I used to wonder why do companies with ample surplus cash still take debt? The corporate finance rationale of opportunistically benefiting from mispricing in debt markets, do not apply to companies which generate ample free cash flow, and which do not indulge in trading/proprietary investments. Hence I decided to analyze some companies for more light on this subject.
What is common between Apple, Microsoft and Qualcomm? Each of them have sizable cash and cash equivalents held in foreign subsidiaries, which would be subject to USA taxes of upto 35%, if repatriated via dividends. Indeed, those companies had escaped USA taxation(at global level) on the earnings of their foreign subsidiaries, by declaring that they had a permanent intention to keep those earnings offshore. So what does it mean for shareholders of those companies? Microsoft admits in its 10K that Of the cash, cash equivalents, and short-term investments at June 30, 2011, approximately $45 billion was held by our foreign subsidiaries and were subject to material repatriation tax effects. .....As of June 30, 2011, approximately 68% of the short-term investments held by our foreign subsidiaries were invested in U.S. government and agency securities, approximately 12% were invested in corporate notes and bonds of U.S. companies, and 5% were invested in U.S. mortgage-backed securities, all of which are denominated in U.S. dollars.
- Companies may find it more rational to borrow money for paying their dividends, instead of bringing the cash back.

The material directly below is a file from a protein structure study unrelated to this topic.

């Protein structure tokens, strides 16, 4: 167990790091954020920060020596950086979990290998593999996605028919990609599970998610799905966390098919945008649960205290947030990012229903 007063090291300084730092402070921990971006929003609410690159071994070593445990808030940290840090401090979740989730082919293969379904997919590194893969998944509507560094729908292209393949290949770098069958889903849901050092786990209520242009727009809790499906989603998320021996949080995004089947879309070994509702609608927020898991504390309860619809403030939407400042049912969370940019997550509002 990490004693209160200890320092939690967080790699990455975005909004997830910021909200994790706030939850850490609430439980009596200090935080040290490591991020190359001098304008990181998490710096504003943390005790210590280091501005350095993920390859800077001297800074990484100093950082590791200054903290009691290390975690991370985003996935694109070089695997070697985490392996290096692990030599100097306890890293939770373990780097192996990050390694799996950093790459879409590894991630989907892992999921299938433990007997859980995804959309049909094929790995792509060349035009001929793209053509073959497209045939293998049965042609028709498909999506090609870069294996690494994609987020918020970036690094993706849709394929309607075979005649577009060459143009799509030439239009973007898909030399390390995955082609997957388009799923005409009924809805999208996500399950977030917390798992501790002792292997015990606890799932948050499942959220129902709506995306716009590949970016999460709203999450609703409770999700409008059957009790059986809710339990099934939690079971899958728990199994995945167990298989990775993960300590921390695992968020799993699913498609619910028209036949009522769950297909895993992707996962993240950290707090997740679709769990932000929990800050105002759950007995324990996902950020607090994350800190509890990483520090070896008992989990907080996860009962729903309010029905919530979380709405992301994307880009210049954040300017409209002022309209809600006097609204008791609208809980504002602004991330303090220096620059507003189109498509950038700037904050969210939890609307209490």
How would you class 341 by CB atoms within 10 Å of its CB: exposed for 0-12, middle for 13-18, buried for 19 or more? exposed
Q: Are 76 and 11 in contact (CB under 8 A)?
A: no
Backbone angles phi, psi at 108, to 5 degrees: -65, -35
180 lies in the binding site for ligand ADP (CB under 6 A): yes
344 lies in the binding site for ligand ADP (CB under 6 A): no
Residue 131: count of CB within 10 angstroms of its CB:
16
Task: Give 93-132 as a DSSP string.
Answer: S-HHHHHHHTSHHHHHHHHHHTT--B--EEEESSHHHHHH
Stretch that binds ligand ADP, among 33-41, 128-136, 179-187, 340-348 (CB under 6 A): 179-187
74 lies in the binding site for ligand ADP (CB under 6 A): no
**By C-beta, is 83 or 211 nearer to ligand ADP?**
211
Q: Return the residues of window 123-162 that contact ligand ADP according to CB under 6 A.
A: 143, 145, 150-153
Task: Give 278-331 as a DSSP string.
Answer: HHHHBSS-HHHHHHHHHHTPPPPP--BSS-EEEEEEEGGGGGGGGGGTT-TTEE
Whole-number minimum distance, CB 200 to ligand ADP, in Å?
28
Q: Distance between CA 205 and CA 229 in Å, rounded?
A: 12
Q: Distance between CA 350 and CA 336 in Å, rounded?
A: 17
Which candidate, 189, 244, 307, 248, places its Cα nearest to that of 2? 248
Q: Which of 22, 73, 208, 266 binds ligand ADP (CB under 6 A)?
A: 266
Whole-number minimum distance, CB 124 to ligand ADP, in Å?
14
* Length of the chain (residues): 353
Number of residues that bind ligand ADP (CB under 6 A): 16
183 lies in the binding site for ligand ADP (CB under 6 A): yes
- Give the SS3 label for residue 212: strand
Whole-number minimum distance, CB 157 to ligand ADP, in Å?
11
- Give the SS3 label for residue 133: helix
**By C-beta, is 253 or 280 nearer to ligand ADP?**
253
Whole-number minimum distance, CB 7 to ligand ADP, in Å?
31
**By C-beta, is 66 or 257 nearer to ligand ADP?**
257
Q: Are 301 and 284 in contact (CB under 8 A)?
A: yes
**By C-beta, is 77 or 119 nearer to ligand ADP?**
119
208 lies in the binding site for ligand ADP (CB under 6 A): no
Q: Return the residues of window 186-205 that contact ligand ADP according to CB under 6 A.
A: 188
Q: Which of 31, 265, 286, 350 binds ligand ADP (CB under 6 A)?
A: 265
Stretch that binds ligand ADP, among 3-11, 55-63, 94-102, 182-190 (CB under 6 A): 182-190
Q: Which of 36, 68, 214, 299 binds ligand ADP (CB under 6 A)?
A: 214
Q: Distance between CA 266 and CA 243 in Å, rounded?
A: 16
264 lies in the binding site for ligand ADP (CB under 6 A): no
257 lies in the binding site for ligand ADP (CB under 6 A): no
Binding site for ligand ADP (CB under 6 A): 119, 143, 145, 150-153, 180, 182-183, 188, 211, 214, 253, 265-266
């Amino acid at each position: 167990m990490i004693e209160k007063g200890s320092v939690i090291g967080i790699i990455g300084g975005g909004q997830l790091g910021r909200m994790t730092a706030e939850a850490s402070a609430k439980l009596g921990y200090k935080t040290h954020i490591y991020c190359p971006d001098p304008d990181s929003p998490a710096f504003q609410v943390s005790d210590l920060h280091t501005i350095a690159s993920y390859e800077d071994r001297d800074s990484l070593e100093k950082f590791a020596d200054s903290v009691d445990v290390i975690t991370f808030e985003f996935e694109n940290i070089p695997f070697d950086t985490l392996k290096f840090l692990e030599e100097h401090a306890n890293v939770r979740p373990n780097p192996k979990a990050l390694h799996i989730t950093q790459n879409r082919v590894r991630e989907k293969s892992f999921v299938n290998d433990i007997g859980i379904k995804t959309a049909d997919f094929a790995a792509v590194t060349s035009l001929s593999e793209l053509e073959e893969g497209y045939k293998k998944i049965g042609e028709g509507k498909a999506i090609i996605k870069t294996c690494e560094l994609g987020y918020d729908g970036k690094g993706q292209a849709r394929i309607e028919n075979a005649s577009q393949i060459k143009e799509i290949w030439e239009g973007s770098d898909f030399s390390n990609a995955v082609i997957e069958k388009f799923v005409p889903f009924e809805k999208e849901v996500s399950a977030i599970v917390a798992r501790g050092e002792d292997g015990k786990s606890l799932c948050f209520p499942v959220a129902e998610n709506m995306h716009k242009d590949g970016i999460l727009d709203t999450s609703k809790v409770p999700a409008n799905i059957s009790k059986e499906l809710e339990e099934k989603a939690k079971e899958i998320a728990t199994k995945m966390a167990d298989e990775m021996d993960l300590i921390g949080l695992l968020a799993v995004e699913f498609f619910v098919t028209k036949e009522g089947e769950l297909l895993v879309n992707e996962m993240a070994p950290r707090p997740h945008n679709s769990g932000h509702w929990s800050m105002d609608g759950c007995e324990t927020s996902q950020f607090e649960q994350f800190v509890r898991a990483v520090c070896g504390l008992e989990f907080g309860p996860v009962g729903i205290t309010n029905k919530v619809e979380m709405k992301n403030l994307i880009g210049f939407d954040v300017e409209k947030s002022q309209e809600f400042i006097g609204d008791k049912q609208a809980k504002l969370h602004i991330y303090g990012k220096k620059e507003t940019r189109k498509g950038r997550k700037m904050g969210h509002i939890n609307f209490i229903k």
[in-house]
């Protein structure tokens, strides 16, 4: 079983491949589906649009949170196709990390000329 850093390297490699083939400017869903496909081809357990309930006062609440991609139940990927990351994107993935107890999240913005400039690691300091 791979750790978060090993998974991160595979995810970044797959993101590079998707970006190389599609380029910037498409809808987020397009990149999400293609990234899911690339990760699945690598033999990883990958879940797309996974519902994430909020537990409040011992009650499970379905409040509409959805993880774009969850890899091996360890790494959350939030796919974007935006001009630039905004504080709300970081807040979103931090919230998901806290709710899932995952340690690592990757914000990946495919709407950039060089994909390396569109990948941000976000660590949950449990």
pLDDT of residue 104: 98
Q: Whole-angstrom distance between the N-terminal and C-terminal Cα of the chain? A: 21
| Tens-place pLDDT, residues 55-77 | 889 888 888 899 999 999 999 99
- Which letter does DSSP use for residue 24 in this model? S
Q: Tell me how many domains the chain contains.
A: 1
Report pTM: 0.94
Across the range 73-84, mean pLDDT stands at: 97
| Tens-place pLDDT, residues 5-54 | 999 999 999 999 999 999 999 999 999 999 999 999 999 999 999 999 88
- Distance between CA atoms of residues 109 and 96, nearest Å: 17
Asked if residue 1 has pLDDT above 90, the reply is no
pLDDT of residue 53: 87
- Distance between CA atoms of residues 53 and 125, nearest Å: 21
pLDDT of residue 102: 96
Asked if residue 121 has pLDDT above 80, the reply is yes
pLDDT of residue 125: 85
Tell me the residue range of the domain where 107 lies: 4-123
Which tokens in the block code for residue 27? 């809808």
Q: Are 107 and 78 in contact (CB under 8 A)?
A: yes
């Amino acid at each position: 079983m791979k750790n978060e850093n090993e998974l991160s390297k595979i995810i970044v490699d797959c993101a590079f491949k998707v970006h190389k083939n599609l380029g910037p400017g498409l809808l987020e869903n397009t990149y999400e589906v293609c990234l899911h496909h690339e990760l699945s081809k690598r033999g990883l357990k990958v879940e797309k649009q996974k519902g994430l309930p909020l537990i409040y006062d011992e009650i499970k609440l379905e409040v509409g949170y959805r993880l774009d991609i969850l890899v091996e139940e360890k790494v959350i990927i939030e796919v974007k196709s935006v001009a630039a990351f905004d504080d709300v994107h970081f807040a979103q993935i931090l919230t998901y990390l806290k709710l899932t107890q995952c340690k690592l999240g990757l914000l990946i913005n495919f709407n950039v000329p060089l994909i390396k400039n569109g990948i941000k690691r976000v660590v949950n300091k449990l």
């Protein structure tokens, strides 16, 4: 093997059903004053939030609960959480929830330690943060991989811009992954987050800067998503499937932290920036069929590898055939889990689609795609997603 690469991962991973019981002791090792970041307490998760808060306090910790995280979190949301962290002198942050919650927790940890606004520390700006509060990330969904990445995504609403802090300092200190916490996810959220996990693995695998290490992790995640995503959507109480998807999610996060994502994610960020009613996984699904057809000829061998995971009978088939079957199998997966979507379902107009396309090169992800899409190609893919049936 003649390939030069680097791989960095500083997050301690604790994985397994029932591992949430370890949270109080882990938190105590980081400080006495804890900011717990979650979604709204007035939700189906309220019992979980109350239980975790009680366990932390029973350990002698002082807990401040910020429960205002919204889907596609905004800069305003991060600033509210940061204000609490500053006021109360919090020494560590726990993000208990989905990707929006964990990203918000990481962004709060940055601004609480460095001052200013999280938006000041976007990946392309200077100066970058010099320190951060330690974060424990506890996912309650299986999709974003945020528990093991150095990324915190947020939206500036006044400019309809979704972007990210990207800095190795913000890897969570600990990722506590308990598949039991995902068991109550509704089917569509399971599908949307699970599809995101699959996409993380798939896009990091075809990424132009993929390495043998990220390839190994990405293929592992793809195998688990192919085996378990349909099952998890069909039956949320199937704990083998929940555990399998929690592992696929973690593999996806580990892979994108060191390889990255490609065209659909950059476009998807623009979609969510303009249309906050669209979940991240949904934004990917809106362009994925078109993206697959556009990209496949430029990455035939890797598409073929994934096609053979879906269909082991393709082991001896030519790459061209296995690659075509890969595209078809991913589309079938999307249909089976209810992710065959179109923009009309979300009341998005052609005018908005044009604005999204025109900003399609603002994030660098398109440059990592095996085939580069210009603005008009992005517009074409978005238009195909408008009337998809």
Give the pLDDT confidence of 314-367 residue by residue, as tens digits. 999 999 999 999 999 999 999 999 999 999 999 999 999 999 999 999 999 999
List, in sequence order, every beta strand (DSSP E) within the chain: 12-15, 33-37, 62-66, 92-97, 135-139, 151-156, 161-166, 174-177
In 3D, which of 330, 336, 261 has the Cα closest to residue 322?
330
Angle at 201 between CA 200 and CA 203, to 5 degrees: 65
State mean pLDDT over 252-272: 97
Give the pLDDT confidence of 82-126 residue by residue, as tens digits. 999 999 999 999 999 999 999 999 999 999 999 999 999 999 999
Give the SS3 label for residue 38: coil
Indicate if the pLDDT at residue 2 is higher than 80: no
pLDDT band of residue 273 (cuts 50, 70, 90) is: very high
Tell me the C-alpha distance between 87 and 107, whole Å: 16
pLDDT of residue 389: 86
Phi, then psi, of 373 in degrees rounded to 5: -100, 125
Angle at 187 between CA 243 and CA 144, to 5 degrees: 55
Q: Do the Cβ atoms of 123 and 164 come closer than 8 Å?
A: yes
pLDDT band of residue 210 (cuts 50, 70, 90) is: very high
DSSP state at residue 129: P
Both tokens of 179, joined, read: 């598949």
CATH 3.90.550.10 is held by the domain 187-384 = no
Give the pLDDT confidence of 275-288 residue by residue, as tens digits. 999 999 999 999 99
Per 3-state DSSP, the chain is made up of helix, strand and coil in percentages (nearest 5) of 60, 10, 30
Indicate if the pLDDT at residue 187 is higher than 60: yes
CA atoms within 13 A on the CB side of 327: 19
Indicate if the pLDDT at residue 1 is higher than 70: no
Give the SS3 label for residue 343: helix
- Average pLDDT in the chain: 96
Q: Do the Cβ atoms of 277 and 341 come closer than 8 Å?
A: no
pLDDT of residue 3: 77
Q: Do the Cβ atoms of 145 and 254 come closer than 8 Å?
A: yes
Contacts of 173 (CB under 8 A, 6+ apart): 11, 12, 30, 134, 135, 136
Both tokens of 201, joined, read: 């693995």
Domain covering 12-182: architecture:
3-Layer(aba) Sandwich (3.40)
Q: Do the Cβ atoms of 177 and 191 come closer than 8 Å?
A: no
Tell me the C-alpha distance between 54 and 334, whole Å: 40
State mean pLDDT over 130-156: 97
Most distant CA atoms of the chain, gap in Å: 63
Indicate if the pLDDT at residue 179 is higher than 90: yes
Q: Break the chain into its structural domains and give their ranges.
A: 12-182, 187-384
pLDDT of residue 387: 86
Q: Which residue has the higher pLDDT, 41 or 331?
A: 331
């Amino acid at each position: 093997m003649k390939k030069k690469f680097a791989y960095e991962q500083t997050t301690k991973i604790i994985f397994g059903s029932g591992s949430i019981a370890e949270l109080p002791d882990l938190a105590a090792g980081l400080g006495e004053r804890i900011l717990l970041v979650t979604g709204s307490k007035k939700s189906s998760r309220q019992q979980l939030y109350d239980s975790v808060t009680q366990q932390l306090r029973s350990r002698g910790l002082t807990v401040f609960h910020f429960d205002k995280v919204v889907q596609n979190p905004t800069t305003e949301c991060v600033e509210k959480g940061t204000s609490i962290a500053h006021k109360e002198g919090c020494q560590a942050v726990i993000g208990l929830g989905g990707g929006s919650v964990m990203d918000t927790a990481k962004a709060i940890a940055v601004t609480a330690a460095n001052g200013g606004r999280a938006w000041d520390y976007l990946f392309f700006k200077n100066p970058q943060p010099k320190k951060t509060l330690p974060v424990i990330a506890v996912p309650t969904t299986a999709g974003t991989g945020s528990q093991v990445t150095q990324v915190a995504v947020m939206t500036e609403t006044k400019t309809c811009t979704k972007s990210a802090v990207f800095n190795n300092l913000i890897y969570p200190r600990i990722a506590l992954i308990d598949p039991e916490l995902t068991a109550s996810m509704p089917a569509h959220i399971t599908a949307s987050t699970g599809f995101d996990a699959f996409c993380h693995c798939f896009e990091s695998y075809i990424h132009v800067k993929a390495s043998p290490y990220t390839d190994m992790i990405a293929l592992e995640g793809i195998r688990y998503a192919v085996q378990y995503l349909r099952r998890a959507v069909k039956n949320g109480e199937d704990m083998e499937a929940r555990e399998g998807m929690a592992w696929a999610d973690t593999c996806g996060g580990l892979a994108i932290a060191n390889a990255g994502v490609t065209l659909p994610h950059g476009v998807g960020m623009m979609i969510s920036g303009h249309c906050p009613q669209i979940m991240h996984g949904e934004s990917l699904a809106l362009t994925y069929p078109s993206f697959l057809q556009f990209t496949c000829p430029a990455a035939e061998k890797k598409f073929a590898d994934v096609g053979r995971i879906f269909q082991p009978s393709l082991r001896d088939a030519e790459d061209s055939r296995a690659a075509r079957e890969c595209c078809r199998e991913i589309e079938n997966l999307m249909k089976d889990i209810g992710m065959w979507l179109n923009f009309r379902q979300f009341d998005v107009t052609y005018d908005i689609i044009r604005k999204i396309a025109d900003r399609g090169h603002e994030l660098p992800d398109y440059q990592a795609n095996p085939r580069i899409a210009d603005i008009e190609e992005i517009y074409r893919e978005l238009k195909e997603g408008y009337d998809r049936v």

- Companies may find foreign acquisitions more attractive, to utilize their trapped cash.
- While expropriation risk is minimal since companies would not risk certain jurisdictions, the host country may be tempted to balance its budgets by the levy of witholding tax to ensure that earnings do not escape its juridiction. Hence, a CASH TRAP is quite likely.
- Reduced liquidity domestically:- As Qualcomm states in its 10K Our cash, cash equivalents and marketable securities at September 25, 2011 consisted of $5.7 billion held domestically and $15.2 billion held by foreign subsidiaries. Of the amount of cash, cash equivalents and marketable securities held by our foreign subsidiaries at September 25, 2011, $13.5 billion would be subject to material tax effects if repatriated. Due to tax and accounting considerations, we derive liquidity for operations primarily from domestic cash flow and investments held domestically.